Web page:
A report surfaced in early December 2009 that John Malkovich was in negotiations to play the Vulture, while Anne Hathaway was circling the role of Black Cat in the planned 2011 sequel. That was at least partly confirmed a month later by Malkovich himself during an interview with an Italian sports program. However, on the same day the actor’s comments began to circulate on English-language, Sony announced it had abandoned plans for Spider-Man 4, and would instead reboot the franchise with what would become 2012’s The Amazing Spider-Man.

In the 2013 interview, Raimi characterized the split with Sony as the “most amicable and undramatic of breakups.” “It was simply that we had a deadline and I couldn’t get the story to work on a level that I wanted it to work,” he recalled, adding, “I said to Sony, ‘I don’t want to make a movie that is less than great, so I think we shouldn’t make this picture. Go ahead with your reboot, which you’ve been planning anyway.’” And, yes, Hathaway was lined up to play Black Cat.

Vulture storyboard art from Spider-Man 4, by Jeffrey Henderson

Vulture storyboard art from Spider-Man 4, by Jeffrey Henderson

Storyboards released by artist Jeffrey Henderson provide some idea of what the Vulture might have looked like in Spider-Man 4 (a lot like his original Marvel Comics depictions), and reveal that Mysterio was to play a role in the film. “It would’ve been one absolutely kick ass movie,” Henderson wrote on his website. “Seriously. We were working on some crazy- cool stuff, because everyone, from top to bottom, felt that Spidey 3 was a bit of a ‘missed opportunity,’ and we all really wanted to help Sam take SM4 to another level so he could end the series on a high note.”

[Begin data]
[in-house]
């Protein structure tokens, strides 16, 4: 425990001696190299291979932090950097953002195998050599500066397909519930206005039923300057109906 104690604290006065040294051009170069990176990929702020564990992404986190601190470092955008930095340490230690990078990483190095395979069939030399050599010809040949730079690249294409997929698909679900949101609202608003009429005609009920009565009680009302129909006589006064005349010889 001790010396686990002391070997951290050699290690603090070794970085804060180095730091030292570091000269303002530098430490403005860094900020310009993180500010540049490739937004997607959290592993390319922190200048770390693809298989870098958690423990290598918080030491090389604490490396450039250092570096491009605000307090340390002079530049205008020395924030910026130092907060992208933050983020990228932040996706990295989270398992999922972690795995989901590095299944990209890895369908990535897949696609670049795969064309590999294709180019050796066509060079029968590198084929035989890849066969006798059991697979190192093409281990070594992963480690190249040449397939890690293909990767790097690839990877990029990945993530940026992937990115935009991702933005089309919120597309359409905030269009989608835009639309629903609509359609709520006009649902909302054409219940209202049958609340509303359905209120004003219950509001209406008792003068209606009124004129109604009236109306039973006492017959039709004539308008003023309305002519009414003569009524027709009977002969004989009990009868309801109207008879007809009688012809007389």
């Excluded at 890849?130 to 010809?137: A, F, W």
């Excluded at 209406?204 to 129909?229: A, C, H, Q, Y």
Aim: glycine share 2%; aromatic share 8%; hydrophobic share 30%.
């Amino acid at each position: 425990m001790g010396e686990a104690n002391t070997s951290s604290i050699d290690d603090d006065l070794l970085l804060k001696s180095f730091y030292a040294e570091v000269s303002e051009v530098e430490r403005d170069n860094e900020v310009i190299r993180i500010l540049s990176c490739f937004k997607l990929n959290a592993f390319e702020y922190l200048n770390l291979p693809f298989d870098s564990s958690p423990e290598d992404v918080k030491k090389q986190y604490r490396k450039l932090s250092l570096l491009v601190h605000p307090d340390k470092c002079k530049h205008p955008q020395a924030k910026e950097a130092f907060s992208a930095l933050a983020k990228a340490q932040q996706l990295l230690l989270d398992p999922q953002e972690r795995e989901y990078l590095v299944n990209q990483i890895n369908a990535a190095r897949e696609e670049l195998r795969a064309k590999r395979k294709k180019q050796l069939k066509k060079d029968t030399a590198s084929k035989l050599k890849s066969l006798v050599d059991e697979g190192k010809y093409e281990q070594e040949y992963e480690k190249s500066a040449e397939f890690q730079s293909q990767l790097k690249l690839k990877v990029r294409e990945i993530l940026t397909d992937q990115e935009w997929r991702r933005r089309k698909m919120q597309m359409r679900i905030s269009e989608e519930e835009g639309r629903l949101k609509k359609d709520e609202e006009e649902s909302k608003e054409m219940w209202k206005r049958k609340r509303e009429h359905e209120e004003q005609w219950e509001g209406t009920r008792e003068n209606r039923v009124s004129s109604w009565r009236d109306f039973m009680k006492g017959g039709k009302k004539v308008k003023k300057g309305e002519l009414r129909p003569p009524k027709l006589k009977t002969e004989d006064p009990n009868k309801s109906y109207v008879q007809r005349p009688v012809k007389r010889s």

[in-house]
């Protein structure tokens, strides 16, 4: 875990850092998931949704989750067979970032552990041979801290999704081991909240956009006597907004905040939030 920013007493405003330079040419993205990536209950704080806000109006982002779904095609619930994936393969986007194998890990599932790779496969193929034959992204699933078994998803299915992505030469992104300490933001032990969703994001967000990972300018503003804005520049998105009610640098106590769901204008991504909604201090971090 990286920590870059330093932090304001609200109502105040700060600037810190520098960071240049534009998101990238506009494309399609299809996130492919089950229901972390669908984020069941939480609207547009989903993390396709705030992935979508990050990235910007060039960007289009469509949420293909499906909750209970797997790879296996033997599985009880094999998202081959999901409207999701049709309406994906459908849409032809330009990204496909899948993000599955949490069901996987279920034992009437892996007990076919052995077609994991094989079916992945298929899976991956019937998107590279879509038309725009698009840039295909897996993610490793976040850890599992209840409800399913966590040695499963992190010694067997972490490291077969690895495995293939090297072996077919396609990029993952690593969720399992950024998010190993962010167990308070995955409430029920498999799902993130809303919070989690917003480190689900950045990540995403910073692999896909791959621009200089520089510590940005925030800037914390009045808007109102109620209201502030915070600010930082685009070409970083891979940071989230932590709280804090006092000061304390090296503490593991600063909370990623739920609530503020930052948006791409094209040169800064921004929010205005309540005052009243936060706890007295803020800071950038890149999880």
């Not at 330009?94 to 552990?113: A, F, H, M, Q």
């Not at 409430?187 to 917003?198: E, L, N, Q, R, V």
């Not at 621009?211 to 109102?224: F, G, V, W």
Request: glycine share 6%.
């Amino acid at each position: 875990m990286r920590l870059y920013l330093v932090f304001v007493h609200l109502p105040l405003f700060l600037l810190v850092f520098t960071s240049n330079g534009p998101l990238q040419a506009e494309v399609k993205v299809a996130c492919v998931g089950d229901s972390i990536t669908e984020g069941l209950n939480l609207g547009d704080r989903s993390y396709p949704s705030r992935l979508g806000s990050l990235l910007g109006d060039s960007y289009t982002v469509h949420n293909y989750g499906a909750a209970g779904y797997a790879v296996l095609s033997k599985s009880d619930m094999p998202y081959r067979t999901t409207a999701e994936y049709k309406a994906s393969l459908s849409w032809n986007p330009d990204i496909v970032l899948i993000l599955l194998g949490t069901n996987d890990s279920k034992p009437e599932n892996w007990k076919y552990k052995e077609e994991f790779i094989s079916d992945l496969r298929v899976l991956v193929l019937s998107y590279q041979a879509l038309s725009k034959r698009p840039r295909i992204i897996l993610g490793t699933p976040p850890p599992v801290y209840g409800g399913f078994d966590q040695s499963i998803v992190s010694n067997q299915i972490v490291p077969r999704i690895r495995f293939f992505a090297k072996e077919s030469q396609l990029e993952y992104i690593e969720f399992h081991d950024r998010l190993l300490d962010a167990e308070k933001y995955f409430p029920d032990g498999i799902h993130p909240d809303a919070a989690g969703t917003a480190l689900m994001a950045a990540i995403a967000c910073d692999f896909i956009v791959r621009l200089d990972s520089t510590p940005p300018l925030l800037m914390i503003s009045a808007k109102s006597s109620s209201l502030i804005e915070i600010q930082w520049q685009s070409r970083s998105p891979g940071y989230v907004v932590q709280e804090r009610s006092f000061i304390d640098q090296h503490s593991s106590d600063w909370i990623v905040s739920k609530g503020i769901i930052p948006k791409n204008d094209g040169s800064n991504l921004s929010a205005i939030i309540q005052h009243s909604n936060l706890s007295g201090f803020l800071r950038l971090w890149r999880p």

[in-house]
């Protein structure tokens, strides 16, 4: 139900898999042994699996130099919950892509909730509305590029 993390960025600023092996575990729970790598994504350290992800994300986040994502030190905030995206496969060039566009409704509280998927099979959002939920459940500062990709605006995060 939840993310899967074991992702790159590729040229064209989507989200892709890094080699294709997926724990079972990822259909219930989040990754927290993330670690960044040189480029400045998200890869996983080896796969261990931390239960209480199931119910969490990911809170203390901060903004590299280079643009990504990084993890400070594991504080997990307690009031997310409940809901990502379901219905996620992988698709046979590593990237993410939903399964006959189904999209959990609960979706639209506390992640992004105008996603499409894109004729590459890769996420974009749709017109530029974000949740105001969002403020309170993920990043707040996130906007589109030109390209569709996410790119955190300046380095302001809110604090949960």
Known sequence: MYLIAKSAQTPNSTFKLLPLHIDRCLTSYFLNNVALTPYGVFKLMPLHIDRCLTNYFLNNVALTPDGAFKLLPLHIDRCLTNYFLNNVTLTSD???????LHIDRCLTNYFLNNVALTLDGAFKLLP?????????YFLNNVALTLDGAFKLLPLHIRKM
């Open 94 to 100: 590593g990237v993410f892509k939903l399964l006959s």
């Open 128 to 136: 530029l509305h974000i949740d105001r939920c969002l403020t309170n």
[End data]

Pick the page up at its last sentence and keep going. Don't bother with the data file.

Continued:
Sinister Six (originally targeted for 2016)

from the amazing spider-man 2

Vulture’s wings, from The Amazing Spider-Man 2

More than three years before Sony revealed its current plans for a cinematic universe beginning with Venom and Silver & Black (starring Silver Sable and Black Cat), the studio announced a “franchise brain trust” that would develop The Amazing Spider-Man 3 and spinoffs starring Venom and the villainous Sinister Six.

The latter, targeted for release in November 2016, was teased in 2014’s The Amazing Spider-Man 2, which teased the mechanical tentacles and wings of Doctor Octopus and the Vulture in trailers, and signaled their arrival, along with the Green Goblin, the Rhino, Kraven the Hunter and either Chameleon or Mysterio in the film’s end credits. (Doc Ock, the Vulture, Kraven, Sandman, Mysterio and Electro, who was introduced in The Amazing Spider-Man 2, formed the original Sinister Six, as shown in 1964’s The Amazing Spider-Man Annual #1.)

RELATED: Every Adaptation of the Vulture, Ranked From Worst to Best

However, that was before Sony and Marvel Studios announced a deal in February 2015 to co-produce another Spider-Man franchise reboot, leading to the introduction of Tom Holland as Peter Parker in 2016’s Captain America: Civil War and the release this week of Spider-Man: Homecoming. While that deal resulted in the Vulture finally arriving on the big screen, with Michael Keaton in the role of Adrian Toomes, it leaves Sony’s plans for Sinister Six a looming question.

Writer/director Drew Goddard, who has likened the film’s script to The Dirty Dozen, held out hope in 2015 that Sinister Six could still see the light of day. “I intentionally wanted a movie that didn’t have to worry about mythology and continuity,” he explained. “It was important to me to make a movie that could stand on its own. So the good news is, it slots in very well to any plan anybody ever wants. We just need to let a couple years go by, I think.”


The Vulture gets his moment in the cinematic spotlight with the debut this weekend of director Jon Watts’ Spider-Man: Homecoming, which stars Toom Holland, Michael Keaton, Zendaya, Donald Glover, Jacob Batalon, Laura Harrier, Tony Revolori, Tyne Daly, Bokeem Woodbine, Marisa Tomei and Robert Downey Jr.